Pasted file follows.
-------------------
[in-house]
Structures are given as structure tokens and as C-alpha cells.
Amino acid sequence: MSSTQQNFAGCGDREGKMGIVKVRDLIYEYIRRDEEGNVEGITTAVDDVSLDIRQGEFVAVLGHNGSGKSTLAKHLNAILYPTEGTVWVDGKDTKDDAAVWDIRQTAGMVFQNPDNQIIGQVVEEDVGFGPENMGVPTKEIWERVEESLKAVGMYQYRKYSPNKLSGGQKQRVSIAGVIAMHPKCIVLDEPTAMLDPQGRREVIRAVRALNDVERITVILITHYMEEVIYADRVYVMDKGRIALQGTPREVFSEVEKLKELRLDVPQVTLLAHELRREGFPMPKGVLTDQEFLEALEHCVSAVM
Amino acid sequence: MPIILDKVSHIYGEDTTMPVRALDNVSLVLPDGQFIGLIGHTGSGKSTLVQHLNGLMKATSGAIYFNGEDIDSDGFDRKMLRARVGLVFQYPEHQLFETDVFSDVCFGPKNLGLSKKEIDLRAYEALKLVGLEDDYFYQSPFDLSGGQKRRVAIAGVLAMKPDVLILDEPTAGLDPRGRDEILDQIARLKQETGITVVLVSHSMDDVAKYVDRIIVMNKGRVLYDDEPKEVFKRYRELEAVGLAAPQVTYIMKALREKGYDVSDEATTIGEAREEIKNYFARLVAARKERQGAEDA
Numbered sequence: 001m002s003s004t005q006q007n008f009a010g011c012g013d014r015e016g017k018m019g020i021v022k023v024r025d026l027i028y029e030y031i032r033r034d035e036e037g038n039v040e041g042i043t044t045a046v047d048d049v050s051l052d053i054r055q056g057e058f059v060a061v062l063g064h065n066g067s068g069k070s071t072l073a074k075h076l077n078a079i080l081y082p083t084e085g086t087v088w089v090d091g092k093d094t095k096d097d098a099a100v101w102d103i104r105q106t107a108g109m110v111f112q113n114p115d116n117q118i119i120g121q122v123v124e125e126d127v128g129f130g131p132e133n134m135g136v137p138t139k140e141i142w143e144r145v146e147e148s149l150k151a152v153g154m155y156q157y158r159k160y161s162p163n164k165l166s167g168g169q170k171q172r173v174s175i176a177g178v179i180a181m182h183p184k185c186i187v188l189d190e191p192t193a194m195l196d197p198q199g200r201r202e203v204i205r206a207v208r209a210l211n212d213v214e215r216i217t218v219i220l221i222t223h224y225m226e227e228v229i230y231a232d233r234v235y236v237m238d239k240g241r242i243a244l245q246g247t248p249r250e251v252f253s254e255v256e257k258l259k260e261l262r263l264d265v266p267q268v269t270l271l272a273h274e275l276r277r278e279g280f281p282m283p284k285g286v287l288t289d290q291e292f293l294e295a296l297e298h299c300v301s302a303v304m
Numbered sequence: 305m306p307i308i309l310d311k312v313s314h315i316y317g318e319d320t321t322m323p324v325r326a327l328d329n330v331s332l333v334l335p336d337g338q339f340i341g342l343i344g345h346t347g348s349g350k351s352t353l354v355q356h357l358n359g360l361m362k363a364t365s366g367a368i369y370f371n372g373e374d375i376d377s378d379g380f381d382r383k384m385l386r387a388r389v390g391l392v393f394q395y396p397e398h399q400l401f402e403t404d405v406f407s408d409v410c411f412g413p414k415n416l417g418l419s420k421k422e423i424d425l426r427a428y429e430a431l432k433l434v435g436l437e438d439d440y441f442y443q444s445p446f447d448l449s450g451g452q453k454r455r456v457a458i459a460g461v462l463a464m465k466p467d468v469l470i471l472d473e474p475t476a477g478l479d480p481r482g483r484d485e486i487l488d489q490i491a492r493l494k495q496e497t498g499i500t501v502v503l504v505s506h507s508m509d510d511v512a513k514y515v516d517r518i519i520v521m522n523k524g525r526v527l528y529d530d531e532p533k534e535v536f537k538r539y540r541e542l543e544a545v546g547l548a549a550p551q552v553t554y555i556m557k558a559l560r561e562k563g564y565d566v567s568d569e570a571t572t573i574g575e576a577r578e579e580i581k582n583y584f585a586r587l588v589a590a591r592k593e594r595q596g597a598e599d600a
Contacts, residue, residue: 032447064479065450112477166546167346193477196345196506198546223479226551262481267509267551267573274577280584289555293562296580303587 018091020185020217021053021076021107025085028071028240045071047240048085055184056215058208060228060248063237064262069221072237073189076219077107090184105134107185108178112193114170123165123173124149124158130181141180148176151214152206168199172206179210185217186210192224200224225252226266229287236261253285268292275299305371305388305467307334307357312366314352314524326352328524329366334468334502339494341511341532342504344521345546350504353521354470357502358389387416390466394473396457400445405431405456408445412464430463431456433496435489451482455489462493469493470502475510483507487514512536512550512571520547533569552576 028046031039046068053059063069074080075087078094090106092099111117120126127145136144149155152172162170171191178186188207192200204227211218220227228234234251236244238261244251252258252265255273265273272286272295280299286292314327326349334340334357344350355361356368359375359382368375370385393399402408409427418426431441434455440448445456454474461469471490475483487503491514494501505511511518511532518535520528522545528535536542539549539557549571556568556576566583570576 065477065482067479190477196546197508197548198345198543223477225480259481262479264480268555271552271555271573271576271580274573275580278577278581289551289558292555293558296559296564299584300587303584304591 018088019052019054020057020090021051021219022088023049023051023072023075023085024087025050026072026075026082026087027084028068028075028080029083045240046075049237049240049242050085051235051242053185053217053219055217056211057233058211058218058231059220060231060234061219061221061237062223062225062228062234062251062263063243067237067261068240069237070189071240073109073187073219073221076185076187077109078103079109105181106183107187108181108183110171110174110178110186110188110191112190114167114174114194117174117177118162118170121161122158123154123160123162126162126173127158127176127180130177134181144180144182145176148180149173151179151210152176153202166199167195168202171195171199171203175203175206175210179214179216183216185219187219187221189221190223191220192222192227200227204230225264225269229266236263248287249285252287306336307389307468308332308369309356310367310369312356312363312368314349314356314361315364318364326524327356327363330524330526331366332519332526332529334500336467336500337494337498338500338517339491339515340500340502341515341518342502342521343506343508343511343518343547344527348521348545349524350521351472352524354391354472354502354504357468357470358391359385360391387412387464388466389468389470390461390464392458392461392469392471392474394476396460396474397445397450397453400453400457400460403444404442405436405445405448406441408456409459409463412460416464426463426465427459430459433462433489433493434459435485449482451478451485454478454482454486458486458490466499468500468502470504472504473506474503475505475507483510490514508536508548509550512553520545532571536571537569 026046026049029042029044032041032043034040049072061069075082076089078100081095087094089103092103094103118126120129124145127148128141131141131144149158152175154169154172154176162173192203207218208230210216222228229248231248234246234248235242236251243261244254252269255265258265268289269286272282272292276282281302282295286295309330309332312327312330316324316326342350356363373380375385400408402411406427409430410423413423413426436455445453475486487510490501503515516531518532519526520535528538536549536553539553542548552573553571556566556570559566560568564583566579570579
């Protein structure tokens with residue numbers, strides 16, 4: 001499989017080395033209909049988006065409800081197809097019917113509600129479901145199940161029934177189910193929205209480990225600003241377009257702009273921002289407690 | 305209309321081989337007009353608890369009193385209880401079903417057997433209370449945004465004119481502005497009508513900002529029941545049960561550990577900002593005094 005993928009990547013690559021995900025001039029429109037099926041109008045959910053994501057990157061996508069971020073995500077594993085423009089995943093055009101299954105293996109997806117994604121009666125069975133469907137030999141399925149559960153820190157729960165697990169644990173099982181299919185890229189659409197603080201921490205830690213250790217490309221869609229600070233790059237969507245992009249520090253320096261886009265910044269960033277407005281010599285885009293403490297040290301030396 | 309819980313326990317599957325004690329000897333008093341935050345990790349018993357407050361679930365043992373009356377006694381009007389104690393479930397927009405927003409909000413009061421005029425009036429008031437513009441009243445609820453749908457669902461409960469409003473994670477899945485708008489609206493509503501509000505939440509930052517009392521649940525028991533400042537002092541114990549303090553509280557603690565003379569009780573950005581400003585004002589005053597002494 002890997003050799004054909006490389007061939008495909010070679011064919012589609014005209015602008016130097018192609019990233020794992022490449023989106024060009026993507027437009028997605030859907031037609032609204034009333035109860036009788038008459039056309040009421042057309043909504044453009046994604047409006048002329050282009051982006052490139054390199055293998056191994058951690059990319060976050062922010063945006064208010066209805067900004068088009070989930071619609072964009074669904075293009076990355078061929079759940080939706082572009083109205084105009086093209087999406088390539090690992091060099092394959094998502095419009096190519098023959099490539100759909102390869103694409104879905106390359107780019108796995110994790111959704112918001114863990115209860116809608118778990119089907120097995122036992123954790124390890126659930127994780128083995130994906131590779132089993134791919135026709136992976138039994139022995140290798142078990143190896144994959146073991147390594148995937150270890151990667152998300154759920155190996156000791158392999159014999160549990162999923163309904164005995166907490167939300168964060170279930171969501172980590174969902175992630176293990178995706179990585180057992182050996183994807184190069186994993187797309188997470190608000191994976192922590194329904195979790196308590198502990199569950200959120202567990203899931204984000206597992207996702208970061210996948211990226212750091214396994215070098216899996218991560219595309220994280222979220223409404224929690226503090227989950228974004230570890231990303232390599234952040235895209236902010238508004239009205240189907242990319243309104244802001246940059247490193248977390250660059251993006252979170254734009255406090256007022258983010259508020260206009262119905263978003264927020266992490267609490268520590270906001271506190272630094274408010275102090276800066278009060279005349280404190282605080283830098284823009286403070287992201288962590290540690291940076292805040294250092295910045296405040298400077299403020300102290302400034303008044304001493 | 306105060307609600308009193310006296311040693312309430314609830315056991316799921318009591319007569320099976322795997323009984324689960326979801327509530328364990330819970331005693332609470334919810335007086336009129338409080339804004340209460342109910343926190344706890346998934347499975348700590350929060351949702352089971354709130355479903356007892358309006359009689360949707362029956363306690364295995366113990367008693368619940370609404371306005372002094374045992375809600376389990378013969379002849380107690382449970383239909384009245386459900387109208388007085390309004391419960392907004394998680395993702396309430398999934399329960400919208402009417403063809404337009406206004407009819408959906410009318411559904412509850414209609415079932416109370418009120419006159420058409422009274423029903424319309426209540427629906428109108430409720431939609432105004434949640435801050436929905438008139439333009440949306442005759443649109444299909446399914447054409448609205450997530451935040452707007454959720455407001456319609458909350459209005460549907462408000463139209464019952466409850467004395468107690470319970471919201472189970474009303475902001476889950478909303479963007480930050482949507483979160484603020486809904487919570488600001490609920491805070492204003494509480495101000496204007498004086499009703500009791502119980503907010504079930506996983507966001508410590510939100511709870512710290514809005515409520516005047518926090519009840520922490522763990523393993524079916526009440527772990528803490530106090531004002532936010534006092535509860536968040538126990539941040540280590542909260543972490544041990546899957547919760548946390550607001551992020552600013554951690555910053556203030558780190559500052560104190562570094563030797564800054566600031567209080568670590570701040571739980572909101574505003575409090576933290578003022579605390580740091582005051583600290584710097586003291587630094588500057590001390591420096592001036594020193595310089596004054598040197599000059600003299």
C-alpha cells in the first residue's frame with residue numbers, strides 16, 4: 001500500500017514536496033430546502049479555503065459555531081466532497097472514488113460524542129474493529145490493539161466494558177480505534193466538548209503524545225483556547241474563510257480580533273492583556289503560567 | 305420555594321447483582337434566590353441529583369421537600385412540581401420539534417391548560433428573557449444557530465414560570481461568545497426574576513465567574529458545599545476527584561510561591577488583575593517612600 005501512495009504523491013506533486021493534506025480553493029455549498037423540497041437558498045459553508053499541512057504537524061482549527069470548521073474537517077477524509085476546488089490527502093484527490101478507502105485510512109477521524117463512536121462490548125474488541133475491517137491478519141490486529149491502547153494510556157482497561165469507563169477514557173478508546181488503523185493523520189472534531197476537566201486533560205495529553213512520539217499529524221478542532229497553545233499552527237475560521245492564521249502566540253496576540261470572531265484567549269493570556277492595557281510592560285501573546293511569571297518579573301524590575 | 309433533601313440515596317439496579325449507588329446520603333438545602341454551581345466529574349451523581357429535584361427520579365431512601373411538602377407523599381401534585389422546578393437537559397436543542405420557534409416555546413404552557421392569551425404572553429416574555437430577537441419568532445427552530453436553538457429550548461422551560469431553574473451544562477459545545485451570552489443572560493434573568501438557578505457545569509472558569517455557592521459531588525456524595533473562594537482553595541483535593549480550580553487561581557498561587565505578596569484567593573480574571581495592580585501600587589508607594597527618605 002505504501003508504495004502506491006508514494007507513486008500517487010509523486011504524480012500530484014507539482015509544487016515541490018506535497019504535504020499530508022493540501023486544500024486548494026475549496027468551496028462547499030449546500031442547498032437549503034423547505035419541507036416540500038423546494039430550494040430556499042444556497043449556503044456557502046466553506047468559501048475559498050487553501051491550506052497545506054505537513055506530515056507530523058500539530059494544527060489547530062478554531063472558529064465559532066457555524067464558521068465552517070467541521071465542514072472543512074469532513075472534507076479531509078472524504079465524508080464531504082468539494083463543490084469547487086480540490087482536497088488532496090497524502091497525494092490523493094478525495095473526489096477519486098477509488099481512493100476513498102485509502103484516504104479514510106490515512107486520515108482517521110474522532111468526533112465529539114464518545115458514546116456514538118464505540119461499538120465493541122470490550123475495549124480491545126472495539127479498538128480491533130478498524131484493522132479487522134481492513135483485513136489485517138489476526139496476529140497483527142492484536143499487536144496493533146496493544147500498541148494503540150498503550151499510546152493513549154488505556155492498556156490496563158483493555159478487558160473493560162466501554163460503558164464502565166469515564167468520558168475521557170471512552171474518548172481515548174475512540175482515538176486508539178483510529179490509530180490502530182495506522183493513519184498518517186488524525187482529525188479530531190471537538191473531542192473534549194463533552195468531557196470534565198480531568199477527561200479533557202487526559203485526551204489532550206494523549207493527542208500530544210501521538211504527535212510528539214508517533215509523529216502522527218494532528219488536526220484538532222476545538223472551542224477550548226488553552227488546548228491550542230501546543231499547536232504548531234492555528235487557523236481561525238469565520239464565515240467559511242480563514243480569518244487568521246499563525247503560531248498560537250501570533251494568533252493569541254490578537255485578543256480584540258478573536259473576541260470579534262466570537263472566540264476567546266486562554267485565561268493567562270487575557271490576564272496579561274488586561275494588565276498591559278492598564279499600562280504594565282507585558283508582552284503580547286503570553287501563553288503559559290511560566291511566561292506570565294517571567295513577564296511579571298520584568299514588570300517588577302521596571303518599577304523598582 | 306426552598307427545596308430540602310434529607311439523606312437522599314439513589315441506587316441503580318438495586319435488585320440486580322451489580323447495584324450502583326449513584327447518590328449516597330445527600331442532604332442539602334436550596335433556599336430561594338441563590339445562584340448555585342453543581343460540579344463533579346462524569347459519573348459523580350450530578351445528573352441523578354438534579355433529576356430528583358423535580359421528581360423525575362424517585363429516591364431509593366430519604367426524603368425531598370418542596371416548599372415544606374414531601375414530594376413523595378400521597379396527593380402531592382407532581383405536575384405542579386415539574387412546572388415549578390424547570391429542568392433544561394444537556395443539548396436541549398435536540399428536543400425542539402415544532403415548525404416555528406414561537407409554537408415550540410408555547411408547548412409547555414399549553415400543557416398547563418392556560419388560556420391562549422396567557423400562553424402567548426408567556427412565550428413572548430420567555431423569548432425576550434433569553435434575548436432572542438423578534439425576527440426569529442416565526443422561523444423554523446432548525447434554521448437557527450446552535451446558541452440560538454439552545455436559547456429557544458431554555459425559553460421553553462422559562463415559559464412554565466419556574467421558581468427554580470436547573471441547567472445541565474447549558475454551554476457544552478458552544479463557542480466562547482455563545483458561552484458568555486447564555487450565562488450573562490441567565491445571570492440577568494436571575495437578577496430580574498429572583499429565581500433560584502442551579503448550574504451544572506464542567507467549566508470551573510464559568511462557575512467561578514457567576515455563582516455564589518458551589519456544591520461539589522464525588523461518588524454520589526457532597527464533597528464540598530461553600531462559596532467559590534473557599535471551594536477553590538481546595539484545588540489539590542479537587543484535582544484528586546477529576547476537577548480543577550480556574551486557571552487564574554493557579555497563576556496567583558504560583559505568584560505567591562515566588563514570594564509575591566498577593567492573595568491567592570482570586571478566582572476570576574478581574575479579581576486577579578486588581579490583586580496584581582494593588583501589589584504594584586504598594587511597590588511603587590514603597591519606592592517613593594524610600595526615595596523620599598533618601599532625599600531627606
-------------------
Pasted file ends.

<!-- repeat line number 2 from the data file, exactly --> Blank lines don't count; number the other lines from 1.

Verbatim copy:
Structures are given as structure tokens and as C-alpha cells.